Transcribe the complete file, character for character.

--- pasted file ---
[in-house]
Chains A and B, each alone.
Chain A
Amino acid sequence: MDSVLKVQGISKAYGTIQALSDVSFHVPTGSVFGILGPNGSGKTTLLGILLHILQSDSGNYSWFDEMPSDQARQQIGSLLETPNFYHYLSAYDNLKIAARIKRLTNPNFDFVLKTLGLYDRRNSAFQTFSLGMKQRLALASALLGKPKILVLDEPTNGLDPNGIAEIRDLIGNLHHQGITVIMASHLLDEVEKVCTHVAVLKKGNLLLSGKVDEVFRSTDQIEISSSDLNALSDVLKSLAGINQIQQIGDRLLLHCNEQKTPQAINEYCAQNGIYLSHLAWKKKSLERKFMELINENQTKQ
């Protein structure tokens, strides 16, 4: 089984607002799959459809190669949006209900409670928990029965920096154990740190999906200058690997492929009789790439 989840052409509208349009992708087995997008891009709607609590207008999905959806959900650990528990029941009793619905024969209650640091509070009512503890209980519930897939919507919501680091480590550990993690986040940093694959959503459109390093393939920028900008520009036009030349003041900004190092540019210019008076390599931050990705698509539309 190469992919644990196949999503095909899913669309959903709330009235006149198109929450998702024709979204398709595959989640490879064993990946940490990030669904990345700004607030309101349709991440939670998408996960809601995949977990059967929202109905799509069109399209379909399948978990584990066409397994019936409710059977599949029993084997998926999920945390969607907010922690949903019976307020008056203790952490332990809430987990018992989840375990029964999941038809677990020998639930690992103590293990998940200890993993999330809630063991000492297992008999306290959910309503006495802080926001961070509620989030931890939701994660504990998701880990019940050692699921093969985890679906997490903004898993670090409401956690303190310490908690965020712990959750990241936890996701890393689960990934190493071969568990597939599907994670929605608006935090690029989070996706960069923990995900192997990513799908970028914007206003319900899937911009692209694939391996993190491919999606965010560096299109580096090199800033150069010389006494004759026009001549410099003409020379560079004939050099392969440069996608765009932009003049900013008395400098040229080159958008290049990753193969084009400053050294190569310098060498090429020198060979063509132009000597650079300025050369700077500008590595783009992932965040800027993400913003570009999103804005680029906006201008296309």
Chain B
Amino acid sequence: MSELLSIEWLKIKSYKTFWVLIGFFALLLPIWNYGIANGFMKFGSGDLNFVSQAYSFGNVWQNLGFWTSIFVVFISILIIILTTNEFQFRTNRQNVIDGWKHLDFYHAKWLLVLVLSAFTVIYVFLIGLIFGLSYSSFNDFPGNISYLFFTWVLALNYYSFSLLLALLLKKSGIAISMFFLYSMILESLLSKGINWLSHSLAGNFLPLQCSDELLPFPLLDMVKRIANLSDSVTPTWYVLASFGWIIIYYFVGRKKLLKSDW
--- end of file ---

[in-house]
Chains A and B, each alone.
Chain A
Amino acid sequence: MDSVLKVQGISKAYGTIQALSDVSFHVPTGSVFGILGPNGSGKTTLLGILLHILQSDSGNYSWFDEMPSDQARQQIGSLLETPNFYHYLSAYDNLKIAARIKRLTNPNFDFVLKTLGLYDRRNSAFQTFSLGMKQRLALASALLGKPKILVLDEPTNGLDPNGIAEIRDLIGNLHHQGITVIMASHLLDEVEKVCTHVAVLKKGNLLLSGKVDEVFRSTDQIEISSSDLNALSDVLKSLAGINQIQQIGDRLLLHCNEQKTPQAINEYCAQNGIYLSHLAWKKKSLERKFMELINENQTKQ
């Protein structure tokens, strides 16, 4: 089984607002799959459809190669949006209900409670928990029965920096154990740190999906200058690997492929009789790439 989840052409509208349009992708087995997008891009709607609590207008999905959806959900650990528990029941009793619905024969209650640091509070009512503890209980519930897939919507919501680091480590550990993690986040940093694959959503459109390093393939920028900008520009036009030349003041900004190092540019210019008076390599931050990705698509539309 190469992919644990196949999503095909899913669309959903709330009235006149198109929450998702024709979204398709595959989640490879064993990946940490990030669904990345700004607030309101349709991440939670998408996960809601995949977990059967929202109905799509069109399209379909399948978990584990066409397994019936409710059977599949029993084997998926999920945390969607907010922690949903019976307020008056203790952490332990809430987990018992989840375990029964999941038809677990020998639930690992103590293990998940200890993993999330809630063991000492297992008999306290959910309503006495802080926001961070509620989030931890939701994660504990998701880990019940050692699921093969985890679906997490903004898993670090409401956690303190310490908690965020712990959750990241936890996701890393689960990934190493071969568990597939599907994670929605608006935090690029989070996706960069923990995900192997990513799908970028914007206003319900899937911009692209694939391996993190491919999606965010560096299109580096090199800033150069010389006494004759026009001549410099003409020379560079004939050099392969440069996608765009932009003049900013008395400098040229080159958008290049990753193969084009400053050294190569310098060498090429020198060979063509132009000597650079300025050369700077500008590595783009992932965040800027993400913003570009999103804005680029906006201008296309």
Chain B
Amino acid sequence: MSELLSIEWLKIKSYKTFWVLIGFFALLLPIWNYGIANGFMKFGSGDLNFVSQAYSFGNVWQNLGFWTSIFVVFISILIIILTTNEFQFRTNRQNVIDGWKHLDFYHAKWLLVLVLSAFTVIYVFLIGLIFGLSYSSFNDFPGNISYLFFTWVLALNYYSFSLLLALLLKKSGIAISMFFLYSMILESLLSKGINWLSHSLAGNFLPLQCSDELLPFPLLDMVKRIANLSDSVTPTWYVLASFGWIIIYYFVGRKKLLKSDW